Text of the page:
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KEVIN FOLEY: Price lives large as Sarah and Aidan flee Georgia

Ever since his confirmation as Health and Human Services Secretary, former Georgia 6th District Representative Tom Price has been flying high aboard private jets paid for by U.S. taxpayers.

As noted in Politico last week, Price treated himself to at least 24 private charter flights, including five in one week, at a cost of at least $300,000 to taxpayers. The two previous HHS secretaries under President Obama always flew commercial in the continental U.S.

One private flight for Price, from Washington to Philadelphia — 139 miles — cost $25,000. Price could have taken the high-speed Acela train for $240 roundtrip, according to the Wall Street Journal.

What makes Price’s extravagance especially galling is that it was Price himself who condemned private jet travel by government officials as an obscene waste of tax dollars when he was in the House. In 2009, after House Democrats tried to buy eight private jets, Price told CNBC, “This is just another example of fiscal irresponsibility run amok in Congress right now.”

When you’re part of Team Trump, things change.

“In June, Price spoke at a physician’s association conference in San Diego, where he vowed to wring out wasteful spending in the government’s health care programs,” Politico reported. “Getting ‘value’ for spending ‘is incredibly important,’ he said. Price took a private plane to get to the meeting, which was one stop on a five-state sprint of charter travel that cost $50,420.”

“This is Secretary Price getting outside of D.C., making sure he is connected with the real American people,” explained a HHS spokeswoman.

“Price’s planned trip was to the Health Evolution Summit in early April, a 550-person event mostly attended by health industry executives and investors,” reported Politico. “Price was planning on spending two days at the conference and one evening at the Ritz-Carlton Laguna Niguel (where) the lowest room rate … was $499 per night …’ There was no pressing business on the other end,’ said one attendee with knowledge of Price’s schedule. ‘I was there and was shocked he was planning to come.’”

“Real American people,” huh?

Price’s office went on to defend the secretary’s frequent luxury air travel by suggesting there were no convenient commercial air travel alternatives available. Politico proved that was hokum, reporting that Price took a June 6 private jet to Nashville to give an afternoon speech at a cost of $17,760.

“There are four regular nonstop flights that leave Washington-area airports between 6:59 a.m. and 8:50 a.m. (which would have gotten Price to Nashville in plenty of time),” said Politico. “Sample round-trip fares for those flights were as low as $202.”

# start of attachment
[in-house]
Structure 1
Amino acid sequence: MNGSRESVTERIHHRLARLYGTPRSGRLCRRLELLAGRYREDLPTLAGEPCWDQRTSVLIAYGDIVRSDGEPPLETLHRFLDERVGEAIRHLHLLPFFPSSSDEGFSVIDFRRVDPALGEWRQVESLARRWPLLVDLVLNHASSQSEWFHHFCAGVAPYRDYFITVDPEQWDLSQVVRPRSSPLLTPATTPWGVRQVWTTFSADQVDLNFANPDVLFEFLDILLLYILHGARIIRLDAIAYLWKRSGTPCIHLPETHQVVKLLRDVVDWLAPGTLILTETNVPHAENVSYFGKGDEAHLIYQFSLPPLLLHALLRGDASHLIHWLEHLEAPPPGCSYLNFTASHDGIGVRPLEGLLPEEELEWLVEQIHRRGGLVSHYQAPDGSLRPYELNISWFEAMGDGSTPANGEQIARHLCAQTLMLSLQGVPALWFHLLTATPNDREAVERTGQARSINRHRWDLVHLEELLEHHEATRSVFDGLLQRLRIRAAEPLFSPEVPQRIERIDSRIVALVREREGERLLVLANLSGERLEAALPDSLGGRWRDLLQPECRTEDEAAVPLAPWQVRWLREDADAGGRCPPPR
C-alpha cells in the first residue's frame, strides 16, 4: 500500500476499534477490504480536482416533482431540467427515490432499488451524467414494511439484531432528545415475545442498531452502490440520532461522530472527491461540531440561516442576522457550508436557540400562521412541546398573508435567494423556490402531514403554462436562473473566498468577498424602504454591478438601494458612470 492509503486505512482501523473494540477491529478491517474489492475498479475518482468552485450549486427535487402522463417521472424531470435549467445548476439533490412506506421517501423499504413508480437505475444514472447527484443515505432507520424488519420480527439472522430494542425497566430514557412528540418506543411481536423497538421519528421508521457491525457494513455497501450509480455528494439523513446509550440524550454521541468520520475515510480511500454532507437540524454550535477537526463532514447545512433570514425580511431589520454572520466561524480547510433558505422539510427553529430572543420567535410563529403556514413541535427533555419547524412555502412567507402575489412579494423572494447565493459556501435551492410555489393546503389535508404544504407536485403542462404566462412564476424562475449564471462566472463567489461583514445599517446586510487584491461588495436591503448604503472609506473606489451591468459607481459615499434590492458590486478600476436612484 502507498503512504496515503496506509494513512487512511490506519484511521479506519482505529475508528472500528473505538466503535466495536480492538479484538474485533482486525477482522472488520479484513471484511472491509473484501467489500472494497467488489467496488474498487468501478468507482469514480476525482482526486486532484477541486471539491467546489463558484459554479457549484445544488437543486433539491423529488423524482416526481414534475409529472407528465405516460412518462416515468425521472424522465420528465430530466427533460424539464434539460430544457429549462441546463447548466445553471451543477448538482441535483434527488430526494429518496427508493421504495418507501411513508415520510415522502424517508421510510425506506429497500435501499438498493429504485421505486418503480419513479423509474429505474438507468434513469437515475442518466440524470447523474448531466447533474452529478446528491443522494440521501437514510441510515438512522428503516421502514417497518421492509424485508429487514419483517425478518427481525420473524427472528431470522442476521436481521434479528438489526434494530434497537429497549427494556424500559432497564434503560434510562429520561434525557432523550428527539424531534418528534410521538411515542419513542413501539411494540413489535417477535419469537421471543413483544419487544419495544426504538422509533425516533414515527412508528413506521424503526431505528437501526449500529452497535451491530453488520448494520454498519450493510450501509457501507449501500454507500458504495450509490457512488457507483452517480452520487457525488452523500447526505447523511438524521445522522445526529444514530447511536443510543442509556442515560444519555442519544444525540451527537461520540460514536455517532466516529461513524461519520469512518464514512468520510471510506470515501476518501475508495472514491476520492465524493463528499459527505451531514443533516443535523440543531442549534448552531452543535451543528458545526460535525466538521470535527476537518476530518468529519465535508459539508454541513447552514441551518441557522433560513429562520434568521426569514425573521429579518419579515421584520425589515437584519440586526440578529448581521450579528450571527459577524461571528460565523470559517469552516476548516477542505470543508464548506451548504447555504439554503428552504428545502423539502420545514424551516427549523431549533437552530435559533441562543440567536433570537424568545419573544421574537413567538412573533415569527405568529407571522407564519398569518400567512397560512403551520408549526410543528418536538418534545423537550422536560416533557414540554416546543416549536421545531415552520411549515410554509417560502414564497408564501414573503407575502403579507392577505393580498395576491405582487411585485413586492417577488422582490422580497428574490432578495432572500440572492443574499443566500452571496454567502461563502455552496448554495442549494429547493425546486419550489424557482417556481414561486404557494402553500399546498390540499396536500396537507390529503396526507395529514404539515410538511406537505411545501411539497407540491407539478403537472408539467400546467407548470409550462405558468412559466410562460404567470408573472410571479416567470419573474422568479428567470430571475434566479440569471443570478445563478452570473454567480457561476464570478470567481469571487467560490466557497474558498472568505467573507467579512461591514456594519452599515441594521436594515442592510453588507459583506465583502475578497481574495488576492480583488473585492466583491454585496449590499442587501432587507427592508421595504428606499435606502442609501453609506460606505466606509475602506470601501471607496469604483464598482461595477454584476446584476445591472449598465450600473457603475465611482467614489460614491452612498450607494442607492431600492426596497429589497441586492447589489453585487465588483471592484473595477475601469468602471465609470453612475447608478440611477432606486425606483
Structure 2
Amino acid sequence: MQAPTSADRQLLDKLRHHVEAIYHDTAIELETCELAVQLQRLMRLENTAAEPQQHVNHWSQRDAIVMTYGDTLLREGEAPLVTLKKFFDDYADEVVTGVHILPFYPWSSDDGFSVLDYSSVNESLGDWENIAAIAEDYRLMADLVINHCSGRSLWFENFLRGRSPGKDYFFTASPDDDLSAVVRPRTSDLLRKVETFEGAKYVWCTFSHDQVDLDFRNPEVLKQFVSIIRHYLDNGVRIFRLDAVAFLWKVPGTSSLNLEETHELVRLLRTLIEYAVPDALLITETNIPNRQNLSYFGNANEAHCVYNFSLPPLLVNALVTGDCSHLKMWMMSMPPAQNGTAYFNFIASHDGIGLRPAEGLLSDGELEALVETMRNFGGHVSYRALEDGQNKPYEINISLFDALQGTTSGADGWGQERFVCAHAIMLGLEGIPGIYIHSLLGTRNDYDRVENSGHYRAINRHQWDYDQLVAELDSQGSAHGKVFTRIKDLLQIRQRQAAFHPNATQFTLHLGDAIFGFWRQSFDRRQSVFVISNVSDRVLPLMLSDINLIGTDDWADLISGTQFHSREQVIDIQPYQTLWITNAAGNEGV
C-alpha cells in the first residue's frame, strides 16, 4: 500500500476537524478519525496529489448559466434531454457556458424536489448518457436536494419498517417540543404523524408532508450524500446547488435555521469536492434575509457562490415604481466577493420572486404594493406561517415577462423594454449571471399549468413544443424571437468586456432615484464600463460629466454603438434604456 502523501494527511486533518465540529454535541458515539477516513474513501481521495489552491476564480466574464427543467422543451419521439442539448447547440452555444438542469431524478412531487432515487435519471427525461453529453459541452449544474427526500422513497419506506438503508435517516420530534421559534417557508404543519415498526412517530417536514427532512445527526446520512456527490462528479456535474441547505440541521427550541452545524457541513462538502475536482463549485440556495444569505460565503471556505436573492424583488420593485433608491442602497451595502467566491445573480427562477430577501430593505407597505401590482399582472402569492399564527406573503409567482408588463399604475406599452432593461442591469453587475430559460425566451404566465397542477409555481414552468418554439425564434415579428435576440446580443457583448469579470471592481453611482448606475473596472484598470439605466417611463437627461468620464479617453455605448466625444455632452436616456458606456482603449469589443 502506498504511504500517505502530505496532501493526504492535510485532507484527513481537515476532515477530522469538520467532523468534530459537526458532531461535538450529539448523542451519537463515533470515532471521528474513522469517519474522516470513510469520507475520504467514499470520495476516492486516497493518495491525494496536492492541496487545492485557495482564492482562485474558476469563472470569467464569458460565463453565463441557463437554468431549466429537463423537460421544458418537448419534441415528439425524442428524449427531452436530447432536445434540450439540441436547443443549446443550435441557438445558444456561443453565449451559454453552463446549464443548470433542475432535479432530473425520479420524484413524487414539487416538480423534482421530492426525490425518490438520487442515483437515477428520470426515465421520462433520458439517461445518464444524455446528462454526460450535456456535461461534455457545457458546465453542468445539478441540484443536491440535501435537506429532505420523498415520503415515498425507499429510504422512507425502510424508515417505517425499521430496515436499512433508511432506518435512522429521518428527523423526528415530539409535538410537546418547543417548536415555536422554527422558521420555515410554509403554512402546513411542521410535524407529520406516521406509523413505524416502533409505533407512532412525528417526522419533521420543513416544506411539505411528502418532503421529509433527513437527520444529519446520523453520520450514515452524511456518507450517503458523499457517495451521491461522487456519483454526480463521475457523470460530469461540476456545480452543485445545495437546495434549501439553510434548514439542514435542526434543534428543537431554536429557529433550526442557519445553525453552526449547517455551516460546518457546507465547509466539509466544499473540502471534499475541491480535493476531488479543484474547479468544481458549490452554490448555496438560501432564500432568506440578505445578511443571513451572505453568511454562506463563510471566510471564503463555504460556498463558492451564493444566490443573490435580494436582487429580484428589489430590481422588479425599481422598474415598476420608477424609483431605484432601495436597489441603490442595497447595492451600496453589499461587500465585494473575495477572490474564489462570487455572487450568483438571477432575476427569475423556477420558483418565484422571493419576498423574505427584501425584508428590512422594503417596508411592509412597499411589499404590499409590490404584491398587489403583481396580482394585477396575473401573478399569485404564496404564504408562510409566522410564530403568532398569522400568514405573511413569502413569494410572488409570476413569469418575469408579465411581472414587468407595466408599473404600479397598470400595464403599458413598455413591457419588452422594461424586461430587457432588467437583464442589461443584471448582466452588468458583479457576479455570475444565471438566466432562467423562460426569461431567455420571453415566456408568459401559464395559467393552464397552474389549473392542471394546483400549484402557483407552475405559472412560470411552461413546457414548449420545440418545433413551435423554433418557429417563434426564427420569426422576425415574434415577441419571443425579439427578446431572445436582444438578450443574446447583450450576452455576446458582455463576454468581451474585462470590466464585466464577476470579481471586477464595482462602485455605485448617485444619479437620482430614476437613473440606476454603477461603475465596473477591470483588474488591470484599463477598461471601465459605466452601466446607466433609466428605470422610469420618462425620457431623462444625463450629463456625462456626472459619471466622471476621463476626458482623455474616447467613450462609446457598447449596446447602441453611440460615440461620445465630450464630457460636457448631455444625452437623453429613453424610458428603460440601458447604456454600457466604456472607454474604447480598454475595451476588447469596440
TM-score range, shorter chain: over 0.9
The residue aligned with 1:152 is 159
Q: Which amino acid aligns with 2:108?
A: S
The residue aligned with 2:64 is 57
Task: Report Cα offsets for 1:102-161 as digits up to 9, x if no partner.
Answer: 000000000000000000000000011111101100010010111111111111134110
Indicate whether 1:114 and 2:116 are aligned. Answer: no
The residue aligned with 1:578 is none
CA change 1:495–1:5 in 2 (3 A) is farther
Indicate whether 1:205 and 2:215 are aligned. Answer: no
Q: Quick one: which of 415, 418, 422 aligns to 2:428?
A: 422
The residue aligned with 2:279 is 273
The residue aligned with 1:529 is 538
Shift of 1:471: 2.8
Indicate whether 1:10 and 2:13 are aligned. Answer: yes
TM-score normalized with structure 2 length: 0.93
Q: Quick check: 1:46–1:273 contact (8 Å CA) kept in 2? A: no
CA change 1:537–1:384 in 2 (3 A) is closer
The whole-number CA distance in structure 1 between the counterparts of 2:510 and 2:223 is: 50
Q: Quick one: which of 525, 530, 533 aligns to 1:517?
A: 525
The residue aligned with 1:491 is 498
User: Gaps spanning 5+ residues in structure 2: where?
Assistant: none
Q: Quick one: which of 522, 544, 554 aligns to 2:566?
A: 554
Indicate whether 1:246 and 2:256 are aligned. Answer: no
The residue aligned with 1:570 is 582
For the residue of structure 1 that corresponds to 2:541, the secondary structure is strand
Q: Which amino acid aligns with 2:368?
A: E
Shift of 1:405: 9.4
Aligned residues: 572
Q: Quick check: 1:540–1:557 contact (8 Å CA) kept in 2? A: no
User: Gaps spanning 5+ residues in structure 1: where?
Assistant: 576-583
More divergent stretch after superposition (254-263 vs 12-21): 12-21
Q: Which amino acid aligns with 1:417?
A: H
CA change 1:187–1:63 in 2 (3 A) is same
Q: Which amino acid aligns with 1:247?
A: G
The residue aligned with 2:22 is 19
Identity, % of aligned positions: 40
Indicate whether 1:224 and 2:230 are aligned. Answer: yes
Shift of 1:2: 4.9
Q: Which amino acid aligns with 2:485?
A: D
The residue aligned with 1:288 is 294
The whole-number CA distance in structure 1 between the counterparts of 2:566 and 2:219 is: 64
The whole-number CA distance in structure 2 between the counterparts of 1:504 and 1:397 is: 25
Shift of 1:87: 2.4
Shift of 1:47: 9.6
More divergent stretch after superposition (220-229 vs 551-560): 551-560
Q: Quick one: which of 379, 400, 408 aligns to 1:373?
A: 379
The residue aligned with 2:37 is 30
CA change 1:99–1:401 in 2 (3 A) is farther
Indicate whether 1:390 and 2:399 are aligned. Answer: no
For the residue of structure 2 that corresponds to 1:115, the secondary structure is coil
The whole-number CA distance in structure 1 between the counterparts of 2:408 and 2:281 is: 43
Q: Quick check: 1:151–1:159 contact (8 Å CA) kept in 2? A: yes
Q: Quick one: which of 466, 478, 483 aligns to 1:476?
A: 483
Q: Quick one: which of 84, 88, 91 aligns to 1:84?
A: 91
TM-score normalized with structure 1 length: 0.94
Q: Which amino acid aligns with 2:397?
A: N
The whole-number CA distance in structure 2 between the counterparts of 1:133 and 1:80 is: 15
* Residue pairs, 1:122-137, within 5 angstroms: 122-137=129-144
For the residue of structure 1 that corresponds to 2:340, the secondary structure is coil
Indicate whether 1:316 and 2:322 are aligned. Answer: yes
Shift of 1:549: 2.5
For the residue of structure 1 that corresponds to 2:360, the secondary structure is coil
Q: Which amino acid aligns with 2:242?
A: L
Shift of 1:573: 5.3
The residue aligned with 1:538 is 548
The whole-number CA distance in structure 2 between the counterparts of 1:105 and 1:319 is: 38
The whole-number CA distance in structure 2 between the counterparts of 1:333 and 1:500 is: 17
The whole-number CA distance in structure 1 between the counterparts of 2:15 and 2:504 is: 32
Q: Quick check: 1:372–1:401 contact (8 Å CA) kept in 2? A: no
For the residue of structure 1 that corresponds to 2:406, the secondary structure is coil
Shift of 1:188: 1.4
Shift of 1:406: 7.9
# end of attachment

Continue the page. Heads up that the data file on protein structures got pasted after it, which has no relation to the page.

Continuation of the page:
When Price jetted to Colorado for a shindig called the Aspen Ideas Festival, he arrived a day before he was scheduled to speak, landing in the glitzy resort town aboard a Lear 60 just like all the other beautiful people at a cost of $7,100, according to Politico.

“This shows a complete disregard for the expense of the taxpayers,” remarked Walter Shaub, former director of the U.S. Office of Government Ethics.

Republican Price’s self-indulgence hasn’t escaped the notice of House Democrats, who demanded HHS Inspector General, Daniel R. Levinson produce the secretary’s travel records and justifications for his private jet travel.

“The review focuses on whether the travel complied with (the General Services Administration’s) Federal Travel Regulations, but may encompass other issues related to the travel,” said Tesia D. Williams, the inspector general’s spokeswoman.

The GSA’s online air travel page directs government employees to “its competitive, federally-negotiated airline rates for over 7,500 domestic and international cities.”

“If the reports are accurate, this would be a stunning and hypocritical breach of trust given that the Trump administration at the same time is trying to take health care away from millions of Americans and is proposing to slash funding at HHS, negatively affecting critical programs to provide early-childhood education, fund Medicare for seniors and conduct medical research and development,” Rep. Elijah Cumming, D-Maryland, told Levinson.

His jet-setting lifestyle outed, Secretary Price admitted to Fox News, “the optics in some of this don’t look good.”

While Price lives large, self-described “medical refugee” Sarah Allen and her fragile 3-year-old son Aidan are moving to Colorado where they will finally get the state-funded assistance they need.

“(Sarah) had to deal with a state system which declined doctor’s orders and refused to provide adequate in-home nursing care for (Aidan),” reported the MDJ.

“Georgia is the deadbeat dad of the U.S,” area resident Mark Crupi reportedly wrote Gov. Nathan Deal after reading Sarah’s story. “It’s embarrassing to think we won’t take care of our own children … Every state legislator should be ashamed for allowing this to happen.”

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